Wednesday, 13 September 2017

Orkney 2017

Orkney 2017

This summer we (the Rising Tides team – Caroline Wickham-Jones, Martin Bates and Sue Dawson) undertook a number of field trips in Orkney to cover a growing number of projects with partners at the University of Highlands and Islands.

Bay of Ireland

Moving south from our work in the loch of Stenness we have begun a collaboration with Scott Timpany at UHI, Jane Bunting at Hull University and Michelle Farrell at Coventry University. This project aims to contextualise the findings that UHI have published on around the peat deposits where a large oak timber was discovered by Ted Pollard during a campaign of coastal walking (Timpany et al., 2017).  The Bay of Ireland opens into Scapa Flow, the infamous site of the scuttled German battle fleet from WWII. Our investigations however focus not on this rather on the very much older landscape during the early Neolithic when sealevel was still rising to that of today. This now submerged area is typical in that it has an infilling of both ancient and modern sediments.  Our first task was to map these and determine the depth to basement (rock and glacial till).  As with previous geophysical investigations it was also hoped that we might be able to see different layering within the sediments to discriminate packages that could be associated with different environmental conditions. We used the UHI Geoacoustic pinger for the initial survey.  Results gave us the required depth to basement but the quality of data was not sufficient to image sediment packages.  As can be seen by the map of basement depth the bay takes the form of a buried basin that deepens to the south.  

Map of depth to basement and example of sub-bottom profile, Bay of Ireland, Orkney 
The southern limit of the basin is marked by a submerged bank or barrier that stretches roughly east-west across the bay and separates it from the main part of Scapa Flow. Armed with this data we attempted to core through a thicker part of the sequence in the centre of the bay. The core penetrated over 2m of sediment that we now need to analyse.
At the same time as the marine work Scott also attempted to follow the peat layers offshore from the landside.  A rather gloomy, wet day saw him joined by Martin and Sue with hand augers. 


Following the geophysics and coring we were fortunate to be joined by Nat Hirst and Kerry Santander from SeasearchScotland.  Seasearch divers usually scour the bottom looking at biology but they were game for trying their hand at underwater archaeology in the form of hunt the peat!  Before diving Scott primed them on what sort of features we were after and we armed them with core tubes that could be inserted (bashed with a lump hammer!) into the seafloor.  Over the course of two days they dropped on a number of sites both here and in the Bay of Firth adding greatly to our understanding of the conditions.  Tough work but with the good weather a rewarding trip.  Hopefully they can be encouraged to return when we have more sites for diving.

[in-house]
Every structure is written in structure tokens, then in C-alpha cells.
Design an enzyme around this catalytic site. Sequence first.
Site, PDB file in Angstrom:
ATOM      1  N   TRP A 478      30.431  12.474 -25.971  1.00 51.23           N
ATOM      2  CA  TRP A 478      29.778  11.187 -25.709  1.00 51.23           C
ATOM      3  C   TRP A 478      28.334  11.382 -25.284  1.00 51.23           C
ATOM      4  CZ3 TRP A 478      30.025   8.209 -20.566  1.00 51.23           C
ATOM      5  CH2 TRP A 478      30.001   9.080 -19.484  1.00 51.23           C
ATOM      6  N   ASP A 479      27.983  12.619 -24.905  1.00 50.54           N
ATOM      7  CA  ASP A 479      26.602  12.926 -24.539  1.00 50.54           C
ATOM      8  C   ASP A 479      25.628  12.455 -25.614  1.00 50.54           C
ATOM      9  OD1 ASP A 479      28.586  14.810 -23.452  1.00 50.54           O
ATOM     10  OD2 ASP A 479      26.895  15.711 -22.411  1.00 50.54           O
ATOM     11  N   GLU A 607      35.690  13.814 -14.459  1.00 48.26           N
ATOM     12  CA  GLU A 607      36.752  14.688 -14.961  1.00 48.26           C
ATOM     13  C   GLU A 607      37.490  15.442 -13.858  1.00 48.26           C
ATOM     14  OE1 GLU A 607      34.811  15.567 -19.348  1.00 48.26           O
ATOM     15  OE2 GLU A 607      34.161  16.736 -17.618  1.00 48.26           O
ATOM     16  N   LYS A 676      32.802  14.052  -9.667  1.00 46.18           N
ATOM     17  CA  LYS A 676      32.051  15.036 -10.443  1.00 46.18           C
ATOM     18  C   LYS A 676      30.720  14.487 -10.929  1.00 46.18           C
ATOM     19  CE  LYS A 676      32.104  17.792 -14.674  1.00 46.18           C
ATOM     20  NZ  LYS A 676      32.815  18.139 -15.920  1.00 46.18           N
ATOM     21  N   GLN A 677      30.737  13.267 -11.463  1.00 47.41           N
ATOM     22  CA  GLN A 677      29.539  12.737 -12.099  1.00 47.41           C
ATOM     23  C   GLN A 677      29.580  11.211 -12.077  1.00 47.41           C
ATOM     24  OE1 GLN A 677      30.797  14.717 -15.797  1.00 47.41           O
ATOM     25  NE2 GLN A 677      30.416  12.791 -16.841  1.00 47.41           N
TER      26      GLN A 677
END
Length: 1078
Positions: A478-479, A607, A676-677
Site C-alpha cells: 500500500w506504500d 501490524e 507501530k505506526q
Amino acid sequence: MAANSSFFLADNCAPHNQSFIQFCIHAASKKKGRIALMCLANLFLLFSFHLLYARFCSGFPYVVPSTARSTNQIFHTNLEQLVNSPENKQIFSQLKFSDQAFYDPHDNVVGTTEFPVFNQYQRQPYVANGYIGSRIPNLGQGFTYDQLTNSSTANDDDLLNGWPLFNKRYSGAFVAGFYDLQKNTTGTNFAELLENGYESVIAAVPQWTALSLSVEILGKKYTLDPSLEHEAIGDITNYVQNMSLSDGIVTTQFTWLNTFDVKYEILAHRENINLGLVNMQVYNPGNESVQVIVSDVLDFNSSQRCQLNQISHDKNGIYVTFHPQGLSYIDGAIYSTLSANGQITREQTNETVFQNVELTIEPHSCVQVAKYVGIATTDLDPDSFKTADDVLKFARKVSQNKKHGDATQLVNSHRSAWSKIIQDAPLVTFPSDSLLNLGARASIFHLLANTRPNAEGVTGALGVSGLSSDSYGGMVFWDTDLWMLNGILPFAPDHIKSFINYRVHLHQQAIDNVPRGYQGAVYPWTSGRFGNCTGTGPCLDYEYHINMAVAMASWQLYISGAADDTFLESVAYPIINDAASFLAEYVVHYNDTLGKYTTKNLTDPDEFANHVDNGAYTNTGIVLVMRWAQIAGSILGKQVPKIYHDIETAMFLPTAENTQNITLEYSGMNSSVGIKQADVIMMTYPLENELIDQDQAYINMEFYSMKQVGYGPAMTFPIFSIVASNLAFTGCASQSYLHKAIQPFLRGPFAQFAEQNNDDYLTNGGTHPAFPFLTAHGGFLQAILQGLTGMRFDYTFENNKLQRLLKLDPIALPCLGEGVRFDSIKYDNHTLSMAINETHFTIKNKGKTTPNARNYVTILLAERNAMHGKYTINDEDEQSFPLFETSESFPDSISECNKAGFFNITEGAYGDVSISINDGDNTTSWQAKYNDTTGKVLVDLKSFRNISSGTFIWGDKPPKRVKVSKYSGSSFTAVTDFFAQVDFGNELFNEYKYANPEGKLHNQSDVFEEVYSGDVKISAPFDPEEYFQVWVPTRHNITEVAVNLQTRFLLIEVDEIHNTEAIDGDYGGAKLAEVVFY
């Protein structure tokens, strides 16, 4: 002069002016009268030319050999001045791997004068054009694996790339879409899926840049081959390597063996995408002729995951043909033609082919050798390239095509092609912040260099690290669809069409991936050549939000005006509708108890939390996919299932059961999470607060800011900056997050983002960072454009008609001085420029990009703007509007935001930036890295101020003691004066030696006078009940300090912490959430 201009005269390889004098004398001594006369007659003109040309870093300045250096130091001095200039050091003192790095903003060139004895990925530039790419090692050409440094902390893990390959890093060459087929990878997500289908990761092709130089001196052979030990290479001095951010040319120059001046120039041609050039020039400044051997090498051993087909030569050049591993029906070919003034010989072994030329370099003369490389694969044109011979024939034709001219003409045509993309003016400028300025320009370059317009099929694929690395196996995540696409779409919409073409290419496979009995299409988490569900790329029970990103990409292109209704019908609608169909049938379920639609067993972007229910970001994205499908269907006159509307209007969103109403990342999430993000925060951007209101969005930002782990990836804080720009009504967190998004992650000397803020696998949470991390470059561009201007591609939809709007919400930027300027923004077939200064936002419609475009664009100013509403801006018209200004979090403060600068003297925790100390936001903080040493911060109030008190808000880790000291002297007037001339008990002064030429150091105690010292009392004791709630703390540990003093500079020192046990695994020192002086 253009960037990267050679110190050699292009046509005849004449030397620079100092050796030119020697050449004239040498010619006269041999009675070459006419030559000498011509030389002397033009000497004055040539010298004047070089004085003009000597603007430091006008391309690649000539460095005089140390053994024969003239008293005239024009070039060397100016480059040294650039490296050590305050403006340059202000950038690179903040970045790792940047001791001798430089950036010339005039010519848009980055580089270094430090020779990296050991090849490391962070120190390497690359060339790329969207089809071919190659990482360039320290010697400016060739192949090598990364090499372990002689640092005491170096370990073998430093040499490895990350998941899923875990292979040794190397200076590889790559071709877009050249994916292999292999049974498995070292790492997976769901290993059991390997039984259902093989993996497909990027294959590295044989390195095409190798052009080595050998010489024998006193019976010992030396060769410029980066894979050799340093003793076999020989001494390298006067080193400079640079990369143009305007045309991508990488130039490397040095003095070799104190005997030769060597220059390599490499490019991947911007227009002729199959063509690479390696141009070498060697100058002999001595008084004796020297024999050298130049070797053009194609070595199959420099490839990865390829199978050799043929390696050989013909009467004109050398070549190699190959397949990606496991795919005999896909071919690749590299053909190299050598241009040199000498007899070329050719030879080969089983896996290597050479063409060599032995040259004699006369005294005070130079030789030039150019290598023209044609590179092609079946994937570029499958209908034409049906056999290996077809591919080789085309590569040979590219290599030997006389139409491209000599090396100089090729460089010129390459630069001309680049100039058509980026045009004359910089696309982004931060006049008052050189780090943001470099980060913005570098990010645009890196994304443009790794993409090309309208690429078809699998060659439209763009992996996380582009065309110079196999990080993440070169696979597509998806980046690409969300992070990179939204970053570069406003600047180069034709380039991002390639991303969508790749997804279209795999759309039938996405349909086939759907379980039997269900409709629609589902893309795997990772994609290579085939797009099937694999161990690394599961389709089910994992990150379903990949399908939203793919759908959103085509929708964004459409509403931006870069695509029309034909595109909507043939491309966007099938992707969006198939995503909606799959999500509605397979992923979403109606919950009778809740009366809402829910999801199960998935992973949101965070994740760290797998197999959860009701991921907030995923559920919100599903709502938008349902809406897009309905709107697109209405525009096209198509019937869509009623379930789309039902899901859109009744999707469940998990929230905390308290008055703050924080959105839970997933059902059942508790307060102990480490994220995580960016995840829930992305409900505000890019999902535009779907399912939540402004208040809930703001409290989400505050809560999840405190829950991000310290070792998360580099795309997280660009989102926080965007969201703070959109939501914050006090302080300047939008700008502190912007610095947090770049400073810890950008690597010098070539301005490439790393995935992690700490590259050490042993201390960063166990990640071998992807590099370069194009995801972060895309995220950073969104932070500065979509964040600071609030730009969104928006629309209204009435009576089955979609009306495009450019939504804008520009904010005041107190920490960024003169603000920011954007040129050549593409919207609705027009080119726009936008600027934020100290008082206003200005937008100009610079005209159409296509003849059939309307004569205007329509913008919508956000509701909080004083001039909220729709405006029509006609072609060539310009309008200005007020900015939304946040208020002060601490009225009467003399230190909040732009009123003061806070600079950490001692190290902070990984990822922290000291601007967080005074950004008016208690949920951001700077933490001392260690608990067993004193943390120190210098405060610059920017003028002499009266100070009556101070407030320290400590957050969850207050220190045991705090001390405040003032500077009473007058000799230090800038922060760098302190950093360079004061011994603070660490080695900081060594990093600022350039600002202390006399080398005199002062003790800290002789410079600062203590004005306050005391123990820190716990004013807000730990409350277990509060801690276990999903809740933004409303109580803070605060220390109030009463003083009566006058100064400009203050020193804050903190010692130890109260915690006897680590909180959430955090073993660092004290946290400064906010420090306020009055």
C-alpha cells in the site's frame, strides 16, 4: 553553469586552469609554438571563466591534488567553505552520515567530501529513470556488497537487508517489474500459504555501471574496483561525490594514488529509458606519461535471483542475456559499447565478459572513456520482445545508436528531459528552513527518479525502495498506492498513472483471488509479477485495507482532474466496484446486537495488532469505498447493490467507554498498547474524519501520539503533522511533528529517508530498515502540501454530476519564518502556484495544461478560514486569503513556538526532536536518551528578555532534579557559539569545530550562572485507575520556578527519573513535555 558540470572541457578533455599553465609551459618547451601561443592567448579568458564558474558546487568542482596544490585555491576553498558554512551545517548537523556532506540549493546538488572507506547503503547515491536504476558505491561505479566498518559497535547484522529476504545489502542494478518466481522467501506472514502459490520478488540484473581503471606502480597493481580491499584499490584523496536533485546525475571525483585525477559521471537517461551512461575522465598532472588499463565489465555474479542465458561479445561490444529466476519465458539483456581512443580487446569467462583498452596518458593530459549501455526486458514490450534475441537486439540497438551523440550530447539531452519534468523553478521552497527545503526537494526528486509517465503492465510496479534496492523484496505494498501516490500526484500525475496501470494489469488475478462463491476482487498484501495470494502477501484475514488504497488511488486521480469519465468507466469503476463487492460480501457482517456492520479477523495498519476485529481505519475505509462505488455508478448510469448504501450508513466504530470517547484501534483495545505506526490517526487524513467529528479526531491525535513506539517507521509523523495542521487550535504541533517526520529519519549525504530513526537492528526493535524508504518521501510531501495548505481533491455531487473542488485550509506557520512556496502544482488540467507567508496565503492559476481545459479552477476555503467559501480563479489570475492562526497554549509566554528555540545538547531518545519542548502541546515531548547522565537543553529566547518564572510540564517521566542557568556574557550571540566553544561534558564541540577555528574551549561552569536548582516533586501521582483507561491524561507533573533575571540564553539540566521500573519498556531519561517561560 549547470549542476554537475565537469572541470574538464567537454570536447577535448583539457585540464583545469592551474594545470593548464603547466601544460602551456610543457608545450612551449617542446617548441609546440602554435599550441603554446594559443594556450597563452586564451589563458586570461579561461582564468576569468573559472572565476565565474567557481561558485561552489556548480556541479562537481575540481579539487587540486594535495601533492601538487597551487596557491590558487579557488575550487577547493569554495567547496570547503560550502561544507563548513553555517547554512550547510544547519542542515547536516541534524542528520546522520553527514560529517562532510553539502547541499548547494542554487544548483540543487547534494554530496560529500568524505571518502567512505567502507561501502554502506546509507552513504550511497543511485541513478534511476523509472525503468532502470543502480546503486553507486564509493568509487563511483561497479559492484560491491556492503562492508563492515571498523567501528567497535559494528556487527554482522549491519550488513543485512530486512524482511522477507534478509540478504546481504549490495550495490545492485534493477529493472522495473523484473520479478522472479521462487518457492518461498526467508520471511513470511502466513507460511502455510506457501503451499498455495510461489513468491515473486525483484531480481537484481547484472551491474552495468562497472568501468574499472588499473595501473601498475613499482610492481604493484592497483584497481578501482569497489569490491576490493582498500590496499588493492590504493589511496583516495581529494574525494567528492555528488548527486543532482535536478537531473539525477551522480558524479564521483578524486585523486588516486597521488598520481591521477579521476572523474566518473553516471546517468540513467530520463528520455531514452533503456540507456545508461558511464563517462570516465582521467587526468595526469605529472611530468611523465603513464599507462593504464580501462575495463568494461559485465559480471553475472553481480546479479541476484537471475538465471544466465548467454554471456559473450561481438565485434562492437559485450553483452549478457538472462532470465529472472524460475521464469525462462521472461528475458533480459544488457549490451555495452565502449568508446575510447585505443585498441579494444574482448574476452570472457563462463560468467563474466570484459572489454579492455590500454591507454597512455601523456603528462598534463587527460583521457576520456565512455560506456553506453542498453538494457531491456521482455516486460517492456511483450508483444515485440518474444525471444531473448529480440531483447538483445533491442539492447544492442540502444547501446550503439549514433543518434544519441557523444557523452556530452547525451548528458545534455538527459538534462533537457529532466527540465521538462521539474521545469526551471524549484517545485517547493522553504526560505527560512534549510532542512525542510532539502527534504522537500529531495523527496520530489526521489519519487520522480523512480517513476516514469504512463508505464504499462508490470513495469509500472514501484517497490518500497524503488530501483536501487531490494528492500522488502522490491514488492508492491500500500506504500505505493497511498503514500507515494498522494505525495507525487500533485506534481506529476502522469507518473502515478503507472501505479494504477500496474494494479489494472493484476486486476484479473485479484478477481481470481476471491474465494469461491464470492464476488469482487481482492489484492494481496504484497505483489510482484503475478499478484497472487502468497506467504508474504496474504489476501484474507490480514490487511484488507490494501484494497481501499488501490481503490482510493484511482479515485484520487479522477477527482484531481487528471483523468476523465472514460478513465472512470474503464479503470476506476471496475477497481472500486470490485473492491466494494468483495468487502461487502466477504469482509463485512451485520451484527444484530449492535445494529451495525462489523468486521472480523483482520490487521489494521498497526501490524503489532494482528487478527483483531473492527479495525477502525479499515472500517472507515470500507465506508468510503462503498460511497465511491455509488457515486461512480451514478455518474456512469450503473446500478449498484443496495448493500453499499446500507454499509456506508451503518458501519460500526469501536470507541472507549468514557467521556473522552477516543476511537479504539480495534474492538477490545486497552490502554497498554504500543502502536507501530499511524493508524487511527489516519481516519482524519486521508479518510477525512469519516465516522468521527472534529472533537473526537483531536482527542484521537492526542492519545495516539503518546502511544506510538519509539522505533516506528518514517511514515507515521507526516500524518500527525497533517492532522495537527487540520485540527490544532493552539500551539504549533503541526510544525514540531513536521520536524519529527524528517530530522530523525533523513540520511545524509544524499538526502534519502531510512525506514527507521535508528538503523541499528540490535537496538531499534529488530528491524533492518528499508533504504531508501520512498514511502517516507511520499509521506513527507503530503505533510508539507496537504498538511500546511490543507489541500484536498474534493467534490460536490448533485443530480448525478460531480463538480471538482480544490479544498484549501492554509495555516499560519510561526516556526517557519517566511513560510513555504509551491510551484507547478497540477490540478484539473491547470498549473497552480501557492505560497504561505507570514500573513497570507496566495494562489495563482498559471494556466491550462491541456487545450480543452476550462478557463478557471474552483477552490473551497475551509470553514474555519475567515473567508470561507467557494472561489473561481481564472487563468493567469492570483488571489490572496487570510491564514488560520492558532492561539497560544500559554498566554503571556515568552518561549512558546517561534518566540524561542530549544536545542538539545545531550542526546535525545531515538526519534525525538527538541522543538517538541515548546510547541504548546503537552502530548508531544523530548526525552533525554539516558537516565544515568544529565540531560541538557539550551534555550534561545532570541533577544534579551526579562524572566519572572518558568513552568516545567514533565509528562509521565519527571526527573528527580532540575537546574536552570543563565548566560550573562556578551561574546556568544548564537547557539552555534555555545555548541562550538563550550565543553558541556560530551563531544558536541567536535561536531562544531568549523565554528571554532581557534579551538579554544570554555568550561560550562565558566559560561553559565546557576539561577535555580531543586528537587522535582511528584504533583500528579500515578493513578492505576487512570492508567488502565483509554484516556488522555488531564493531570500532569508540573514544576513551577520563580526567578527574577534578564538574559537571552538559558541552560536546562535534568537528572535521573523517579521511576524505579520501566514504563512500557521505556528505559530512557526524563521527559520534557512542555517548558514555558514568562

hand coring on seafloor

Skaill and Skara Brae

In September we returned to the loch of Skaill as our previous attempts to core this site had been thwarted by strong winds. The objectives of this investigation are aimed at further understanding the role of coastal barriers in protecting heritage sites.  In particular we are trying to not only reconstruct the past environments around iconic settlements like Skara Brae but also to understand how the environment changed, and over what time periods it changed.  Once again, the changes are not only linked to climate fluctuations but also to sealevel rise.  It is likely that Skara Brae was first located some distance from the coast with a wetland between it and the sea. As the sea rose the coastal barrier was breeched and the land was flooded. Over the ensuing millennia the sea gradually eroded evidence for this land surface however the environmental conditions are still preserved beneath the site and in the surrounding landscape.  For example, during coastal protection work at the site in 2009 a significant peat layer was noted at the base of the revetment scheme.  Unfortunately, the works did not record this or sample for further environmental signatures.  Published work by de la Vega et al in 2000 does provide a broad environmental setting for the site however our investigation aims to put far more detail into the story. 
A series of cores both on the wetlands to the south of the site and in the loch of Skaill were taken and show a complex sequence of sand, peat and loch sediments. There will certainly be enough in here for environmental analysis over this winter.  Based on these results it is intended to return to the site with a range of environmental geophysical techniques in 2018.

Orkney International Science Festival

September also features Orkney International Science Festival, an event that we try to participate in on an annual basis.  This year we managed a great afternoon out with the P6 class at Dounby Primary School at loch of Skaill, a coring of the Peedie Sea with Scott Timpany at UHI as part of their project on Medieval Kirkwall, a joint exhibit of our palaeo-environmental reconstruction at the family day and a talk on the Borth fossil forest by Bates, Bates and Bates!! (my father, Denis and brother Martin giving the low down on joint work in mid-Wales). 

1 comment:

  1. Just watched the "Expedition Unknown" episode at Stenness. Dr. Richard Bates is a new family hero.